• 882 technical and managerial staff of contractors, and 345 government officials have received training in planning, procurement, and implementation management of rural roads rehabilitation and maintenance using labour based methods;
  • 611,000 worker-days of employment have been created in the project areas of the Municipalities with approximately 25% being women.
Impact studies conducted by R4D showed the very significant positive impact of improved rural roads access on the livelihoods condition of the rural people of Timor-Leste in terms of economic and social development.

These include an increase in local economic activities and local job opportunities, improved access to agricultural land, markets, schools, health clinics and other government services. The improved road access also lead to increased mobility of the local population, considerable time-savings in travelling and reduced costs of transportation.

Whereas we are proud of the achievements made to-date, much work still needs to be done. This not only relates to the physical works, but also to the need to further streamline planning – and delivery mechanisms and procedures, to ensure an optimum return to the investments. Furthermore, as we all realize that capacity building is a long term process, much more work needs to be done in this area.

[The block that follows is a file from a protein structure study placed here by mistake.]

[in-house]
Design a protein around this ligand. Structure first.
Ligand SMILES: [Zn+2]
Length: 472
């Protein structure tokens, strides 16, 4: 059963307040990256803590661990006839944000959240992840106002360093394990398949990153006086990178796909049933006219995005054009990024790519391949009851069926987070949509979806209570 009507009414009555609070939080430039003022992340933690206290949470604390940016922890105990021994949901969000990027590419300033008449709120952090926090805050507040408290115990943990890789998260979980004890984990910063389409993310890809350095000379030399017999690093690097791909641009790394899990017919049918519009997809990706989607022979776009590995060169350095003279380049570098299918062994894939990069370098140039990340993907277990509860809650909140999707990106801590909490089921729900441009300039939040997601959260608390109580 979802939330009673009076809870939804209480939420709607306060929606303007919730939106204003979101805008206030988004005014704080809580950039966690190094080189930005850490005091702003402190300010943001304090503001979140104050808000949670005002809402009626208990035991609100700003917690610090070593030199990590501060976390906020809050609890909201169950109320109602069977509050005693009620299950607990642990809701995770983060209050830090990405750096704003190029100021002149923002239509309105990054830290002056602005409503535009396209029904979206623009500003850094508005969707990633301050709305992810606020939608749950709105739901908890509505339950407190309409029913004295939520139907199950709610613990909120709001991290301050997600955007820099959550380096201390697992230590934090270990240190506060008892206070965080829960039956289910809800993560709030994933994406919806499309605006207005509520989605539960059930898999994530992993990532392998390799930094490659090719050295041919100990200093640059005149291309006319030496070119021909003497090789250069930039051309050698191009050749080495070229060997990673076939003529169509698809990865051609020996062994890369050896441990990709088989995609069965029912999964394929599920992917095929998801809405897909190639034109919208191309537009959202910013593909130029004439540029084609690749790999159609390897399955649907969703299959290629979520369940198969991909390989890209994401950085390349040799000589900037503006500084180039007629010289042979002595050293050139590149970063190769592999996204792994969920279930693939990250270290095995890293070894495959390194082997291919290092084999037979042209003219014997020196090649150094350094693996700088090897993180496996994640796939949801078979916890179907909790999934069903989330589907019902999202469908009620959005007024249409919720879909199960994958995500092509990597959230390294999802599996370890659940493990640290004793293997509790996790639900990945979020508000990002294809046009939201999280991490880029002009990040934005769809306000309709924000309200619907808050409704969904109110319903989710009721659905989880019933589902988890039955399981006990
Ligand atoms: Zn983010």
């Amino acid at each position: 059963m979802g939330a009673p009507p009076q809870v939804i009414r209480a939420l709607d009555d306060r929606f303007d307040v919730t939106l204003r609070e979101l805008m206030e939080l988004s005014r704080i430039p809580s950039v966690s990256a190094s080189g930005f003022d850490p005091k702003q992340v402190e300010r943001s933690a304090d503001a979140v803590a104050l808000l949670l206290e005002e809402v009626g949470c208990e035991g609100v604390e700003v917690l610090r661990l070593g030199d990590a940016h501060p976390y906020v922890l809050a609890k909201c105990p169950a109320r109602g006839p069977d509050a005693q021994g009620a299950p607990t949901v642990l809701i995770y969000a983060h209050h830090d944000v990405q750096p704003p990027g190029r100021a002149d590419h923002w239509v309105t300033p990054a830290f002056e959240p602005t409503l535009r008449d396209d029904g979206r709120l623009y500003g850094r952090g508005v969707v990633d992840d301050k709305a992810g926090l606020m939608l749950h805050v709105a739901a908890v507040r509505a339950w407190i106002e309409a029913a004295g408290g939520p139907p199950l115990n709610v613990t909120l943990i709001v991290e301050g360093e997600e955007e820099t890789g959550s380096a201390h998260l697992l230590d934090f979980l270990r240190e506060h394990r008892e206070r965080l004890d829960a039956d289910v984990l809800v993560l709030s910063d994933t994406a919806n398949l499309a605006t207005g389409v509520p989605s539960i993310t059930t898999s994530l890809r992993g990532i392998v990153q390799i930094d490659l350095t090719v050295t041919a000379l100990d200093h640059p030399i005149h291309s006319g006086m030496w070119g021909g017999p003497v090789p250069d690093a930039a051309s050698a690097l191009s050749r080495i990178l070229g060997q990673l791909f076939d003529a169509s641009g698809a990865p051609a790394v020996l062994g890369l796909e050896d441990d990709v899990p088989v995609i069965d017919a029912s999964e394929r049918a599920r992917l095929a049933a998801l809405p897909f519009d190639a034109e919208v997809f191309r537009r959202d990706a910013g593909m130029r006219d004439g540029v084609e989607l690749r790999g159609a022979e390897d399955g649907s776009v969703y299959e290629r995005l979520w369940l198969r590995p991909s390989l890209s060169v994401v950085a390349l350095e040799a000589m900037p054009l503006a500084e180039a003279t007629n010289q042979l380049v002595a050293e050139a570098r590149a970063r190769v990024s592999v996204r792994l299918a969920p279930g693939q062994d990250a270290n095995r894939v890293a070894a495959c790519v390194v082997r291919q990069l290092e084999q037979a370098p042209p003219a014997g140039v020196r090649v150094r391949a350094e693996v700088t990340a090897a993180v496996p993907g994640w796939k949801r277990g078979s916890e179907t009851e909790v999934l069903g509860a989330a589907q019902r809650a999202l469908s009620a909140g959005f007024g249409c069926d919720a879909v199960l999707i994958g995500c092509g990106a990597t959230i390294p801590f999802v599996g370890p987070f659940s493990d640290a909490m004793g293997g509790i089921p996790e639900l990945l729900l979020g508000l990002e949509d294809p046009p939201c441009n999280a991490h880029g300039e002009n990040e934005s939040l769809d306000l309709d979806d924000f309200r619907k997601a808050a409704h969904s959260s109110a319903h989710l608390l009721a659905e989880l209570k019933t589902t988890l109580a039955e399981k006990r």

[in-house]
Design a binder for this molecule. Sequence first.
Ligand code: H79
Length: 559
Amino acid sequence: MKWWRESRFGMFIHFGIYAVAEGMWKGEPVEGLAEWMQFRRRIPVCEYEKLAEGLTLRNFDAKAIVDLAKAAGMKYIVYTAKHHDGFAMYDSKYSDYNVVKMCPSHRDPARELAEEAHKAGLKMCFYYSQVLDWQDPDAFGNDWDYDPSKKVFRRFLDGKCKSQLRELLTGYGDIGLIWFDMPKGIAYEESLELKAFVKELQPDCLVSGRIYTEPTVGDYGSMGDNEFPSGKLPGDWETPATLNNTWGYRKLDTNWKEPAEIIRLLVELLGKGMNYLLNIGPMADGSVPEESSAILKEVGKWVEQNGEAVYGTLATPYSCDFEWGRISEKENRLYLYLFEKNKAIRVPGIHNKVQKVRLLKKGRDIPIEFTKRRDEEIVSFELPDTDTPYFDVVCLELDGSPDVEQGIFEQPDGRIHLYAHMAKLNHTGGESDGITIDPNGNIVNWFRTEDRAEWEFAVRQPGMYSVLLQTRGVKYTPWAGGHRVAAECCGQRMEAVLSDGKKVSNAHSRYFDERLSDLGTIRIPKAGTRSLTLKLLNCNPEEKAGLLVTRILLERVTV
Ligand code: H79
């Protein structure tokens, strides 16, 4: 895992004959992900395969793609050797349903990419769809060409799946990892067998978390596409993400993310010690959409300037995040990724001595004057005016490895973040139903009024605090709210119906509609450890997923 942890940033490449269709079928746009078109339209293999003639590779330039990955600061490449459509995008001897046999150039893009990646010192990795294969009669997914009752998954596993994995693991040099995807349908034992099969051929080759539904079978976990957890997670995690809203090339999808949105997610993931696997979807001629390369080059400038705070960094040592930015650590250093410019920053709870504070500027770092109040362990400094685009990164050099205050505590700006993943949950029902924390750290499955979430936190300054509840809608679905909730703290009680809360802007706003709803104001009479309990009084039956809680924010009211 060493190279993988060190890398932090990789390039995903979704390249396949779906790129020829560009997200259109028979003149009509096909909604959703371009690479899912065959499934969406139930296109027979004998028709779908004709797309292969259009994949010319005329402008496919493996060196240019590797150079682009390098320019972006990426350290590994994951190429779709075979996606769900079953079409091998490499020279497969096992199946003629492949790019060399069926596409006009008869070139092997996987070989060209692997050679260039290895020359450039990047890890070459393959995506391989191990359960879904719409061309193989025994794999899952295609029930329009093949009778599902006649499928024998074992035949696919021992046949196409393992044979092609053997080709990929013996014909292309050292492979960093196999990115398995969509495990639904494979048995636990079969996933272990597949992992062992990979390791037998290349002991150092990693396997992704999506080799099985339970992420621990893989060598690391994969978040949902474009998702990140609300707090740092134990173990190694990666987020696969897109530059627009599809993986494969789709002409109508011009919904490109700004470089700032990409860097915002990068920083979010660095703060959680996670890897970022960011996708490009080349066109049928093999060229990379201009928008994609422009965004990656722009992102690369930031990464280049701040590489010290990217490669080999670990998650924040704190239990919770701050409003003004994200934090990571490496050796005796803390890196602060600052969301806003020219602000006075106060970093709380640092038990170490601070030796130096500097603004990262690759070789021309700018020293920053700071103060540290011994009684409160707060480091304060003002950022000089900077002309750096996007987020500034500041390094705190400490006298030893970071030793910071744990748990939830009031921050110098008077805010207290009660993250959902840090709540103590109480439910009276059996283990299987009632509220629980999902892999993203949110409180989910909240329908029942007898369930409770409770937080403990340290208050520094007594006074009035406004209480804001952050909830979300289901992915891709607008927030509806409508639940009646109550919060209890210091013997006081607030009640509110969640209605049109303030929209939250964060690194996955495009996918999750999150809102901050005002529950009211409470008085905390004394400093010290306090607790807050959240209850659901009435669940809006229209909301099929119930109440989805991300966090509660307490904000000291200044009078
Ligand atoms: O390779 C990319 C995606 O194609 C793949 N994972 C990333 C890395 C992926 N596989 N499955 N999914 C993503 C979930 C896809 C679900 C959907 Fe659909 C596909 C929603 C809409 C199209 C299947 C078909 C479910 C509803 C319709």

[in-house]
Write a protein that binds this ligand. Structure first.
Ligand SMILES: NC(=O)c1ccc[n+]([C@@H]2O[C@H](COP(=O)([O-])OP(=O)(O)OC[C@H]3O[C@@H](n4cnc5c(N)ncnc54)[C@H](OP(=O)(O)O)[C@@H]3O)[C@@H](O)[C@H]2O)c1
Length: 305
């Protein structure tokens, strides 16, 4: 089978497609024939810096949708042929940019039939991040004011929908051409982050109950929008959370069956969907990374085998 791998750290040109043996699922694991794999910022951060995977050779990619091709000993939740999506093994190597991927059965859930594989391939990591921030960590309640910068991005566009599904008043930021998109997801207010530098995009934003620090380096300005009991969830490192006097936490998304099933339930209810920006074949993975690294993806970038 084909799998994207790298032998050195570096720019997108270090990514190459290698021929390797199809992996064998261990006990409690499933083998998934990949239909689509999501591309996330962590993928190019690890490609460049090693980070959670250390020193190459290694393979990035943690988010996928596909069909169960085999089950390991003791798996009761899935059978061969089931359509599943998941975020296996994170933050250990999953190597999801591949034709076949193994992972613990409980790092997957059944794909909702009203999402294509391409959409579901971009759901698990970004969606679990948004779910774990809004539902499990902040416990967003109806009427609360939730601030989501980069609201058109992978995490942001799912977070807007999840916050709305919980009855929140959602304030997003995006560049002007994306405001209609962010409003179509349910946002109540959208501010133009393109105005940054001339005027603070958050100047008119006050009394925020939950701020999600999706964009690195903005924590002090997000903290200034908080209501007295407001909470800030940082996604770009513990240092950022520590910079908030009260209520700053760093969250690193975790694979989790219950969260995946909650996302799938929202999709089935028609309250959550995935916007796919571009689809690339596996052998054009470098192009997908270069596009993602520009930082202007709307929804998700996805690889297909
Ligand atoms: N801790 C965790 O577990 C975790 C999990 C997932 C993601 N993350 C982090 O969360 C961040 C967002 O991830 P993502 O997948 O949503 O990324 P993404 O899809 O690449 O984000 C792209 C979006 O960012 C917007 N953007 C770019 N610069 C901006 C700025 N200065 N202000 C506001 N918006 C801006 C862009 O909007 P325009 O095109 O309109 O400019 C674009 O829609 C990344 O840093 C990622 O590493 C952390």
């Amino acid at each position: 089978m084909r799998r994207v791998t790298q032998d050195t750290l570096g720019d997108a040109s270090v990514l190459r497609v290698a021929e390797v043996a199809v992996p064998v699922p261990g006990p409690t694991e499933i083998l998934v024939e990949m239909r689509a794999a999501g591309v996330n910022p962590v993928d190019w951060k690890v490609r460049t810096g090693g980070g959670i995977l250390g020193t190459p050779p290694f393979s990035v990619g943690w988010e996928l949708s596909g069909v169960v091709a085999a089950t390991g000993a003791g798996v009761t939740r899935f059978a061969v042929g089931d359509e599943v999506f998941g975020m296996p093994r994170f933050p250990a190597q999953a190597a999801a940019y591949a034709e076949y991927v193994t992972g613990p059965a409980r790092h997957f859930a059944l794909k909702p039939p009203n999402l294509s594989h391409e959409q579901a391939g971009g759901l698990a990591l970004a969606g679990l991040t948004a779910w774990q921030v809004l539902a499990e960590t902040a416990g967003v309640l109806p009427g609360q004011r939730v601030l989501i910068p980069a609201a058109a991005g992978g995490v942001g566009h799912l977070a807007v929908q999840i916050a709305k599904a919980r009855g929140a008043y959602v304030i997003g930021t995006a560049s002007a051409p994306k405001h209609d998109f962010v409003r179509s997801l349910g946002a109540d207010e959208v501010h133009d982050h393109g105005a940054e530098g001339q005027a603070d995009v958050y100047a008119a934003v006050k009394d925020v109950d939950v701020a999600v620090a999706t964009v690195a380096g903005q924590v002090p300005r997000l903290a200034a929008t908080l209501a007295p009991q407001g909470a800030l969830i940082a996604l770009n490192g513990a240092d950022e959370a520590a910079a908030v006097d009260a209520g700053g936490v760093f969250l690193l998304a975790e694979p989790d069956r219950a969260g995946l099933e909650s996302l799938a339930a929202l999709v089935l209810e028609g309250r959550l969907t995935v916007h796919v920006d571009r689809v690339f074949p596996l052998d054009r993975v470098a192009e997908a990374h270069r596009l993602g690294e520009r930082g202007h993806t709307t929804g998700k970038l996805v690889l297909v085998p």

During the second phase of R4D – which is scheduled for a period of 4 years – the Ministry of Public Works, Transport and Communications will take on a clear responsibility for the planning and delivery of capital investment for the improvement and maintenance of the rural roads in the country.

The ILO technical assistance to the Government’ R4D Programme will be called the R4D Support Programme – in short R4D-SP. The Government of Australia will continue to finance this technical assistance component.

During the second phase, the emphasis of the R4D-SP technical assistance will shift from ‘demonstrating’ the benefits of improved rural road access, to ‘strengthening’ the capacity of MPWTC-DRBFC and Municipalities to manage the rural road network on a sustainable basis. Capacity development support to local contractors will be also be continued.

Under phase 2 of R4D, the Government of Timor-Leste will provide funding for capital investments and will cover related staffing and operational costs.

The Government of Australia’s financial contribution for the provision of technical assistance through the ILO will be 6.5 million Australian dollars per year. Half-way the second phase a review of the Programme’s progress and achievements will be made, and based on the outcome of this review, it will be decided whether the Programme will continue for a further 2 years.

Ladies and Gentlemen, R4D is a key programme for the Government of Timor-Leste in general and for the Ministry of Public Works, Transport and Communications in particular.

The lessons learned from the first phase, as well as the evolving context in Timor-Leste, are well reflected in the design of the second phase of the Programme and I look forward to working together with all the concerned stakeholders on its implementation.

I wish to take this opportunity to express the Government’s sincere gratitude to the Government of Australia and the International Labour Organization for their continued and highly appreciated assistance to the development of Timor Leste.